Tuesday, July 25, 2017

Choices, or You Can't Do It All

This week I've been thinking about choices, about how there isn't just one right direction to go in, much as there's not one right partner for you or one right friend for you. It's more about reaching a crossroads - in relationships, in careers, in adventures, in artistic direction - and having to make a choice. I can go this way or that way. The only thing that's certain, is that I can't stay exactly where I am. Or if I do, I'm going to have the most boring, but safe life ever. I think that's why I like this small work above - The Red Door - there are nine possible doors, and which door am I going to choose. I really have no idea where any of these doors are going to take me, but must still make a choice. And then I must walk through the door (this is where courage is needed!) and see what happens.
I have often included both doors and windows in my quilts - they are such a wonderful metaphor for the path to discovery and adventure. Which door indeed?
Back in my twenties, I spent the better part of a year back-packing around Europe. I didn't have a list of places I must go, destinations that I needed to check off on a list, although I had some notion of what might appeal to me. I headed off from New York city on a Greek freighter, only because I wanted to experience first-hand how big the ocean is. And the only reservation I made for myself in that year was the very first one, in Athens. After that, I chose where I went depending on who I met, and what they told me, and what I discovered on my own. It was a wonderful, wonderful time. Sometimes I stayed in the same place for 2-3 weeks at a time.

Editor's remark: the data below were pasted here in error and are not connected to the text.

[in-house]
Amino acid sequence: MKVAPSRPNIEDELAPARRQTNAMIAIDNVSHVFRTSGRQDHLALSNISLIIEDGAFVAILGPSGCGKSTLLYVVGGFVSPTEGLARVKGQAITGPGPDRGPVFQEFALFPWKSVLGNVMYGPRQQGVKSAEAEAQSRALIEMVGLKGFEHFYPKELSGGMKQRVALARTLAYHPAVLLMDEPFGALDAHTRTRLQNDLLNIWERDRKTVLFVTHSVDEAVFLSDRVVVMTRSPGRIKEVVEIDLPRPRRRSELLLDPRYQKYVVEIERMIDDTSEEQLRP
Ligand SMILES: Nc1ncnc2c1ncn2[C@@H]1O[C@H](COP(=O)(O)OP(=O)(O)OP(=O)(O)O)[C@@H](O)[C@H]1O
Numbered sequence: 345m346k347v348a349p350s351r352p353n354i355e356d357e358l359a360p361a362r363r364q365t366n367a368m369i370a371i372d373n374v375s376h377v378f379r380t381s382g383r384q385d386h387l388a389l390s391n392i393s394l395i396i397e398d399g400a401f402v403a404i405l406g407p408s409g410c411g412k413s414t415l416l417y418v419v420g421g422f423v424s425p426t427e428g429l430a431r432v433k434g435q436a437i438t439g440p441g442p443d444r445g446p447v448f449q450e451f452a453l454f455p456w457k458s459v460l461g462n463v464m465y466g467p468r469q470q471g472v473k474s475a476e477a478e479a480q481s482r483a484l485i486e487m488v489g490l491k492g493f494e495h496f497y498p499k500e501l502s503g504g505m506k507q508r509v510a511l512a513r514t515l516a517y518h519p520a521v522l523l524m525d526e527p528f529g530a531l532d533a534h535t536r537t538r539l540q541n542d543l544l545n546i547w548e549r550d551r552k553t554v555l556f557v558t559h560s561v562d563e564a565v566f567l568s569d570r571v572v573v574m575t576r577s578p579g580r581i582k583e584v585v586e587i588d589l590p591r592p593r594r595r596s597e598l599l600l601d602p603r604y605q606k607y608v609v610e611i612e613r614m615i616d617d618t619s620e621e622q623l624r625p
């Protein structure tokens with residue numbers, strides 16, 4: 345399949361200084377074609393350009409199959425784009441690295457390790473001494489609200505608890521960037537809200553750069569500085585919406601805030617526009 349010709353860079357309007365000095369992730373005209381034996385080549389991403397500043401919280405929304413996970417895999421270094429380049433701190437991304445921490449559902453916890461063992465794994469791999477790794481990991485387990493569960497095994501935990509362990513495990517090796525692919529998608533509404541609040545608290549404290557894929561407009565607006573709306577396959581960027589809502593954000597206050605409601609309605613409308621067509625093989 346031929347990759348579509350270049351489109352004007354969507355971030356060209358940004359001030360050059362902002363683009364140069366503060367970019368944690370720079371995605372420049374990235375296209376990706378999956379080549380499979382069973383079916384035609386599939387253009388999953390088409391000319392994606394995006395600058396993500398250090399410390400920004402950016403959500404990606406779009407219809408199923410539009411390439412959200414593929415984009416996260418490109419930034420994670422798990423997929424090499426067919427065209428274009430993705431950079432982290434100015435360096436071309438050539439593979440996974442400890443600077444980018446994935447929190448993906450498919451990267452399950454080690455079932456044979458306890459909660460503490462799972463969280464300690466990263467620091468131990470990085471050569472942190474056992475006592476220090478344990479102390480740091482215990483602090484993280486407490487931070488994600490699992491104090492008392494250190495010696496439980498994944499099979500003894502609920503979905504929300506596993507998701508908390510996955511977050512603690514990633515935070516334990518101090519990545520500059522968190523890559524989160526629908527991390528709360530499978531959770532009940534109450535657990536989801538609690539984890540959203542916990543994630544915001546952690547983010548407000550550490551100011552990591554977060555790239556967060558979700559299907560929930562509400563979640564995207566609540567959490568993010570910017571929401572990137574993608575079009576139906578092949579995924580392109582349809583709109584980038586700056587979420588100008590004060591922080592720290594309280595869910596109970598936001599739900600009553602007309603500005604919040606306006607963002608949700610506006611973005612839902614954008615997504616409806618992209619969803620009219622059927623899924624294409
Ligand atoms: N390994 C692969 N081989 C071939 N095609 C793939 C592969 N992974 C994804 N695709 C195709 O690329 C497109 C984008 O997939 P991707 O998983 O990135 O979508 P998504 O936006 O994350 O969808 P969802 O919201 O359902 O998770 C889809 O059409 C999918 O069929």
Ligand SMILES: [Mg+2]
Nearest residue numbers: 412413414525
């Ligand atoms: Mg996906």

Yes, this is me, on the ferry to Mykonos. Where I soon met a fellow Canadian and a Kiwi, who became my travelling companions for a month or so. Where I learned about ancient history for the first time - touching stones that had been carried into place three thousand years before. Where I felt what it's like to run across a bed of sea urchins with bare feet, and then have the caretaker at the youth hostel painstakingly remove them one by one. Where I first tasted baklava. None of these things would have happened if I hadn't chosen the Greek freighter door. I couldn't possibly have guessed at all that would follow that, but that choice, the first of many, led to so many amazing experiences. And so it is, perhaps, with the creative life. We need to make choices about which direction we'll go in. We need to take that risk. And then we can open up to see what happens. How marvelous!

Monday, July 17, 2017

My Studio in the Woods

 I am only just home from a week of camping. 
Beautiful sunshine, and life pared down to its essentials -
a comfy bed, good food, and good company.
 Looking through the trees to the lake,
watching the squirrels and listening to the birdsong.
 And looking way, way up to the trees whispering overhead.
 Collecting new leaves to press, and later to print,
 Noticing the dappled light on alders along the shore,
Marvelling at the unique shape, not only of each leaf, but also of each branch.  
 Taking a little time to hand-stitch an indigo piece in progress,
And to jot down some of my ideas for possible future work, as well as getting back to my early morning journalling practice.
Sometimes I forget how important it is to get outdoors and live amongst the trees for a time.
So sweet. Such a gift. So thankful.

Monday, July 10, 2017

What Makes Me Happy?

The review that started with last week's blog has come about as part of Lisa Call's Masterclass (which is most excellent, by the way), and continues in a slightly different direction this week. Last week I chose some of the work I've made that I am most pleased with I should be concentrating on, based on those pieces.  I was really looking at what subjects they were about. Since then, though, I've realized that although the subject matter may change from one piece to the next, the story I am telling with my work remains the same. I remember hearing Valerie Hearder say some years ago, that we all really only have one story to tell. At the time, I mulled that over, and wasn't sure I agreed with her but now I think I understand the wisdom in her words a little better. So I re-visited my own work, those pieces that please me the most, and this time I asked myself if there are commonalities in the way they're constructed, or in what materials are used. This is what I came up with: